Sleep quality, anxiety, somatic symptoms, and features of brain structure in parents of children with disabilities

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Jing Zhou
Shaohua Gao
Tongda Sun
Weiwei Gao
Wenxiu Fu
Zhiguo Ying
Wenqin Mao
Cite this article:  Zhou, J., Gao, S., Sun, T., Gao, W., Fu, W., Ying, Z., & Mao, W. (2022). Sleep quality, anxiety, somatic symptoms, and features of brain structure in parents of children with disabilities. Social Behavior and Personality: An international journal, 50(6), e11557.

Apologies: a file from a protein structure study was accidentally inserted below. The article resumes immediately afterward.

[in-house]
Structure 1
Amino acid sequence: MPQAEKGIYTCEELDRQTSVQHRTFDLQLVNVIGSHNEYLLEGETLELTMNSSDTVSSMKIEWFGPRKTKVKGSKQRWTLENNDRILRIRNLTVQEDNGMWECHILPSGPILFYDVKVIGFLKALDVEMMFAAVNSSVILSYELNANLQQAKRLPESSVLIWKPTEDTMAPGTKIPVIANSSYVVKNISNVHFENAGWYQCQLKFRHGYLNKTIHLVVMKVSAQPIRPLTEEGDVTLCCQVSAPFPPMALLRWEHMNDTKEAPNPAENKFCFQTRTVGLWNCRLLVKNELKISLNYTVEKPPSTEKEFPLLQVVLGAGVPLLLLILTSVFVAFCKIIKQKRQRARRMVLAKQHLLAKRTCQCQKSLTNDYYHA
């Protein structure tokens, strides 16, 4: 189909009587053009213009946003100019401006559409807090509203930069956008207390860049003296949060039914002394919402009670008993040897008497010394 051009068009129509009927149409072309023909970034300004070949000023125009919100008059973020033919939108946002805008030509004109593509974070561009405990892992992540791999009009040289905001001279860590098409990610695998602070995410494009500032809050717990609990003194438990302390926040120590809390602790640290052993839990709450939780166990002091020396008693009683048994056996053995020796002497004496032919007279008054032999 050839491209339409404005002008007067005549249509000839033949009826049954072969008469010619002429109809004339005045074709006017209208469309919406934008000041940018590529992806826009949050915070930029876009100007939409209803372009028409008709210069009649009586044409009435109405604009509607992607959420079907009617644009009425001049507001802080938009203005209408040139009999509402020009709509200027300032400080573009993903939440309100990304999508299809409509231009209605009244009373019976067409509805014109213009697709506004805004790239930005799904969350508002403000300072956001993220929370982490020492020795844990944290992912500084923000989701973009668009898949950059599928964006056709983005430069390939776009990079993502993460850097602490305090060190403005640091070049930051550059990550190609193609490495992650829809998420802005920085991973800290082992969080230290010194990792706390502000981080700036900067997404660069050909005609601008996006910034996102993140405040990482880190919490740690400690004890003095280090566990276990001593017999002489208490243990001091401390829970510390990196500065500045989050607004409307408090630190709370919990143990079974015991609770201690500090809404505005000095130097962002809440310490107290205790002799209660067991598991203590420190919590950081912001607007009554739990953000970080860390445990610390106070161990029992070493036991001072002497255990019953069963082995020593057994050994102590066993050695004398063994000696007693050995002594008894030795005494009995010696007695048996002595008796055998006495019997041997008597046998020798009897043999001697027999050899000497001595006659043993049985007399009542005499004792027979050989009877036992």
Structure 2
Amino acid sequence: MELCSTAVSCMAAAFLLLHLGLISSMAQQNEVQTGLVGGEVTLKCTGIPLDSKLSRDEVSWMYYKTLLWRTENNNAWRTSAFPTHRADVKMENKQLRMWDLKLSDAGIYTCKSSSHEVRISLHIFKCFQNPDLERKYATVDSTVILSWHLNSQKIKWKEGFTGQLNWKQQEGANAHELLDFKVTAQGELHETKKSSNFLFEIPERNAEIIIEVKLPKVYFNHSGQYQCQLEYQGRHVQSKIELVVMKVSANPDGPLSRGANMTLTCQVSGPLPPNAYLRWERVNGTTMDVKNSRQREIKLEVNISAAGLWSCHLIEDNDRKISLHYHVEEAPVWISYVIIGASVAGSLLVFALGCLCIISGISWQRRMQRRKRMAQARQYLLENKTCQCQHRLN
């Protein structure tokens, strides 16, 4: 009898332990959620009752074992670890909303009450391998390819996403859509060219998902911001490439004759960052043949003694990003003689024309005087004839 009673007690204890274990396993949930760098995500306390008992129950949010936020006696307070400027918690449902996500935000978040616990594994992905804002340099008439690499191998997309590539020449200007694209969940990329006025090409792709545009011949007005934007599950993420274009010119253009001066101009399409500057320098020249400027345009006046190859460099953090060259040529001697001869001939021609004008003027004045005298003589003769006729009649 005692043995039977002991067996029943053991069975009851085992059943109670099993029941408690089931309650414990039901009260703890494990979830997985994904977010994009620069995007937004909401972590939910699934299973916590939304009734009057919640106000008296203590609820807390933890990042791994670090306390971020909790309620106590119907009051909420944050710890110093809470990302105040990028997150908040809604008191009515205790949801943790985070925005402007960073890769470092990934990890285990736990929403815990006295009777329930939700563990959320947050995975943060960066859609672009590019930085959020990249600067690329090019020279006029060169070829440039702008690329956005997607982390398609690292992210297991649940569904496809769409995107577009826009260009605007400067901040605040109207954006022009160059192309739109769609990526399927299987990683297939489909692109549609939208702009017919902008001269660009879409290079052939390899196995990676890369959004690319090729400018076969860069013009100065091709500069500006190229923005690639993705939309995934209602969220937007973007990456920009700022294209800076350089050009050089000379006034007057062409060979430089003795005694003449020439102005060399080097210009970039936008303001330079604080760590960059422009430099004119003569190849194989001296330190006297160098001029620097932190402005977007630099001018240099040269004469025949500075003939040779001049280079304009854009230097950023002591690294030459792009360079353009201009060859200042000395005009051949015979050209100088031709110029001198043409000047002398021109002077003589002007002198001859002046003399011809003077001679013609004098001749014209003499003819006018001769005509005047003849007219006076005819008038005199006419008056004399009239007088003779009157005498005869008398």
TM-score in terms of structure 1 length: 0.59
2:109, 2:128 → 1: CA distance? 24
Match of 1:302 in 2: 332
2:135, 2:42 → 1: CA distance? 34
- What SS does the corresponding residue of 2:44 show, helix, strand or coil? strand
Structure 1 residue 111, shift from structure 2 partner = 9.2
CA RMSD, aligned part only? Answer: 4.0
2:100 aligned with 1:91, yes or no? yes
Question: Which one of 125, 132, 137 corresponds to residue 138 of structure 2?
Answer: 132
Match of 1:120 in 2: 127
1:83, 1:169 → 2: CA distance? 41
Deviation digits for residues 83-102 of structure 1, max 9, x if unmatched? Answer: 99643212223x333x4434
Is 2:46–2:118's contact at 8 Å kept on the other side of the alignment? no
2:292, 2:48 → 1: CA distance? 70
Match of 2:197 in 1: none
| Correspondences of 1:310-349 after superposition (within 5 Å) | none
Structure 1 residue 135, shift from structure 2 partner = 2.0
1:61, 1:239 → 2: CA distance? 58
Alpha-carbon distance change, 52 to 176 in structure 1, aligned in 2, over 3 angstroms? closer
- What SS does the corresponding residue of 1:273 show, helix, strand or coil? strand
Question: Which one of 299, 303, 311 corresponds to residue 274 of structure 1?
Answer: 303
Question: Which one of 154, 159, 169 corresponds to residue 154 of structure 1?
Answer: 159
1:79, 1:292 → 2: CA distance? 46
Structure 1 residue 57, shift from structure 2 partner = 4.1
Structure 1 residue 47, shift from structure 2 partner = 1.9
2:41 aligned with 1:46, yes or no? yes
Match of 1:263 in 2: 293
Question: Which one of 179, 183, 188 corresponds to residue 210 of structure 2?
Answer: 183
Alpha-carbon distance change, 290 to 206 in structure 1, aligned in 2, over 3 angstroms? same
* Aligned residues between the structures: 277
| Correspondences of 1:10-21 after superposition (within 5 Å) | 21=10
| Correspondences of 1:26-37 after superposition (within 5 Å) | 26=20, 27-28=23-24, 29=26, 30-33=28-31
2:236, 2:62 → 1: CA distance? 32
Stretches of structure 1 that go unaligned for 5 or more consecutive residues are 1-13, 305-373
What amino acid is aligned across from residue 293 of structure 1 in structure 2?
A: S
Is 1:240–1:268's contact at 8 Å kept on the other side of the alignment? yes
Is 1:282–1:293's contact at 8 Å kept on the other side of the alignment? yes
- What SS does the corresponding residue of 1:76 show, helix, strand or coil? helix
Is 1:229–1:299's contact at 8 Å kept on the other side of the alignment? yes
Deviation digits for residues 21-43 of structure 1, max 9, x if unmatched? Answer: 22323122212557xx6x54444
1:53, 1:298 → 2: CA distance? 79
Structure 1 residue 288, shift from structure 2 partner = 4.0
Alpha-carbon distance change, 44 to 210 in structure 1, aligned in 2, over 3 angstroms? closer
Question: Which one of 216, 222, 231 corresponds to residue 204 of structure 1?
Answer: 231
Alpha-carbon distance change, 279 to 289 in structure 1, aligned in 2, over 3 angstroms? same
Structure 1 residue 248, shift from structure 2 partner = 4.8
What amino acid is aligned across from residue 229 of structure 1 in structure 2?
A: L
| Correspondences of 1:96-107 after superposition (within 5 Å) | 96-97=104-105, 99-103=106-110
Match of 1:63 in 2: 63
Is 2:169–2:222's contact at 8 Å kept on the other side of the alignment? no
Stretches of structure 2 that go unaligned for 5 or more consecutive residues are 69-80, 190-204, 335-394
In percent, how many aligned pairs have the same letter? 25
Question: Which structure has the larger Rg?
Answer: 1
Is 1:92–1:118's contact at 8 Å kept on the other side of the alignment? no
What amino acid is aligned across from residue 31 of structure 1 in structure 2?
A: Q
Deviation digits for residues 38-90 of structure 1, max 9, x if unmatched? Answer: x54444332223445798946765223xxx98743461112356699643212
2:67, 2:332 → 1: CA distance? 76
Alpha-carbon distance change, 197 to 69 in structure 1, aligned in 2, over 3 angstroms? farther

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We investigated sleep quality, anxiety, and somatic symptoms of 330 parents of children aged 0–6 years with disabilities, and explored the features of their brain structure using the Pittsburgh Sleep Quality Index Scale, the Patient Health Questionnaire-15, and the Generalized Anxiety Disorder-7. We compared these results with those of a control group of parents (n = 330) of children with typical development. The parents of children with disabilities were divided into a poor-sleep-quality subgroup and a good-sleep-quality subgroup, and then 20 parents from each subgroup were randomly selected for analysis of variance of magnetic resonance imaging scanning. There were significant positive correlations between scores on the three scales for the parents of children with disabilities, and their mean scores for all scales were also significantly higher than those of the control group. Moreover, among the parents of children with disabilities, those with poorer sleep quality had lower density of gray matter in brain regions related to emotional cognition. These results suggest that parents raising children with disabilities may have poorer sleep and be more likely to have somatic symptoms and generalized anxiety than are parents of children with typical development; furthermore, these effects may correspond to changes in brain structure.

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